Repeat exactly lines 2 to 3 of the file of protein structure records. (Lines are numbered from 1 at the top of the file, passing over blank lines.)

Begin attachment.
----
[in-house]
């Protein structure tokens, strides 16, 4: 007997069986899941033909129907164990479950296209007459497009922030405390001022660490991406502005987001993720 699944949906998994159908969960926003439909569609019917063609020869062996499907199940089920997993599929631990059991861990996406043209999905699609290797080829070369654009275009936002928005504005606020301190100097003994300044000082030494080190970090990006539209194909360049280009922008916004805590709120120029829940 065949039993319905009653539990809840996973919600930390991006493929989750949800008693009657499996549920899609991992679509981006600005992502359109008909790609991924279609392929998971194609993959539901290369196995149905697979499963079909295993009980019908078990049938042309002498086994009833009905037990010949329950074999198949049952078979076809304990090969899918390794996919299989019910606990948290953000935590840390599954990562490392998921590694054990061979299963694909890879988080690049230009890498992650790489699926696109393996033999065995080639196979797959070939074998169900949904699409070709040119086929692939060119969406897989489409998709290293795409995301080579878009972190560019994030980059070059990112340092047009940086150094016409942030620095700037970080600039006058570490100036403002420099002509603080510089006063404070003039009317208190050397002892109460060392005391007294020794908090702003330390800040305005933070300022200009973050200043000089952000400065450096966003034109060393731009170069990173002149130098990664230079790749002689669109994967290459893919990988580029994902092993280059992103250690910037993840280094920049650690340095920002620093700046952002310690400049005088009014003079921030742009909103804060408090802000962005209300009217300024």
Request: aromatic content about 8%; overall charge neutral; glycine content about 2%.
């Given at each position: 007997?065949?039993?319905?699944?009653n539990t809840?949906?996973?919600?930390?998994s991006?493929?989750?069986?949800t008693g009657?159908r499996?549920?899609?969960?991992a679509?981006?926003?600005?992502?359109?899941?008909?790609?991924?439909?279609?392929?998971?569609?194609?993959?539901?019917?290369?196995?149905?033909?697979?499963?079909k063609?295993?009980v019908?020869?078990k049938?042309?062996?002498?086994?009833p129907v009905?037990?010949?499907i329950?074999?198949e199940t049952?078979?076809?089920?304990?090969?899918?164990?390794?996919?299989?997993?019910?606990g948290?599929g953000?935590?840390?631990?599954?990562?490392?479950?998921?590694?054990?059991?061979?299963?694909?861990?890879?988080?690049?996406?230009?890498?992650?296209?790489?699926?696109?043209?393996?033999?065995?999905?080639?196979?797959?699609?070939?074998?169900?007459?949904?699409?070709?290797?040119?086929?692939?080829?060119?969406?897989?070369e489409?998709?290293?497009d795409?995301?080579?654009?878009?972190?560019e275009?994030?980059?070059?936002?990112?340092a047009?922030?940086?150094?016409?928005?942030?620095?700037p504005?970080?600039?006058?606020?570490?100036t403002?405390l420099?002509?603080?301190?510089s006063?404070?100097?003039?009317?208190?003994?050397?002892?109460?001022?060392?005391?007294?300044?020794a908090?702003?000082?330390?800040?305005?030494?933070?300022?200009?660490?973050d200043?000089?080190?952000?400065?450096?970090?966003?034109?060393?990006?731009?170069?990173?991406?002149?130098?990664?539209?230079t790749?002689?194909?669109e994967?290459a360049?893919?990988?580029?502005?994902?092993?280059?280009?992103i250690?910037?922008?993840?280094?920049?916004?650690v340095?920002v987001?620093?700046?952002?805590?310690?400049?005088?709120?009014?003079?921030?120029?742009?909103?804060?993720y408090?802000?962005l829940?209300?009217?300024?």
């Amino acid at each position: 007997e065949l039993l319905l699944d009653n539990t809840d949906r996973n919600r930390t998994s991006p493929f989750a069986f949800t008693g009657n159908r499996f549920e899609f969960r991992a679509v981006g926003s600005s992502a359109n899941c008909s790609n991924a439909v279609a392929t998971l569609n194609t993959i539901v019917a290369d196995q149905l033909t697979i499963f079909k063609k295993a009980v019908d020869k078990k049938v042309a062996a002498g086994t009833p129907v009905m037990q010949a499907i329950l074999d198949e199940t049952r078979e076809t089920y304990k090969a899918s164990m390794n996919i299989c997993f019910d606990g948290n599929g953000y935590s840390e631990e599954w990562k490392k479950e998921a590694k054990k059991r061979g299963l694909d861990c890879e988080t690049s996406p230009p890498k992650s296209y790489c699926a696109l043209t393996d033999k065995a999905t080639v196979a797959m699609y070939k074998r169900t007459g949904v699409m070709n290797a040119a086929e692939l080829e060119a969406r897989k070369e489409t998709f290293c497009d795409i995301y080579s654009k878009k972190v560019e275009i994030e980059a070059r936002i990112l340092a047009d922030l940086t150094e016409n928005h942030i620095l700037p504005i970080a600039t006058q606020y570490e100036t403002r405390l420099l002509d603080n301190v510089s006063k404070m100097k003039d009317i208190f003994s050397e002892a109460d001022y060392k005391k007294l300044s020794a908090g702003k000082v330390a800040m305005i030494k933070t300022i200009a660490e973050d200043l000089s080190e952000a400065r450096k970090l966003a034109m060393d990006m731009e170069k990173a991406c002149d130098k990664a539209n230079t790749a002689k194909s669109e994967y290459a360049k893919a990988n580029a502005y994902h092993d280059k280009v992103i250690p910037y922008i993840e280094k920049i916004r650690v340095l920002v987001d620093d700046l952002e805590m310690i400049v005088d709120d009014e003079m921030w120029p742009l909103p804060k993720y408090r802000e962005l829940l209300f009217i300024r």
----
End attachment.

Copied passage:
């Protein structure tokens, strides 16, 4: 007997069986899941033909129907164990479950296209007459497009922030405390001022660490991406502005987001993720 699944949906998994159908969960926003439909569609019917063609020869062996499907199940089920997993599929631990059991861990996406043209999905699609290797080829070369654009275009936002928005504005606020301190100097003994300044000082030494080190970090990006539209194909360049280009922008916004805590709120120029829940 065949039993319905009653539990809840996973919600930390991006493929989750949800008693009657499996549920899609991992679509981006600005992502359109008909790609991924279609392929998971194609993959539901290369196995149905697979499963079909295993009980019908078990049938042309002498086994009833009905037990010949329950074999198949049952078979076809304990090969899918390794996919299989019910606990948290953000935590840390599954990562490392998921590694054990061979299963694909890879988080690049230009890498992650790489699926696109393996033999065995080639196979797959070939074998169900949904699409070709040119086929692939060119969406897989489409998709290293795409995301080579878009972190560019994030980059070059990112340092047009940086150094016409942030620095700037970080600039006058570490100036403002420099002509603080510089006063404070003039009317208190050397002892109460060392005391007294020794908090702003330390800040305005933070300022200009973050200043000089952000400065450096966003034109060393731009170069990173002149130098990664230079790749002689669109994967290459893919990988580029994902092993280059992103250690910037993840280094920049650690340095920002620093700046952002310690400049005088009014003079921030742009909103804060408090802000962005209300009217300024």
Request: aromatic content about 8%; overall charge neutral; glycine content about 2%.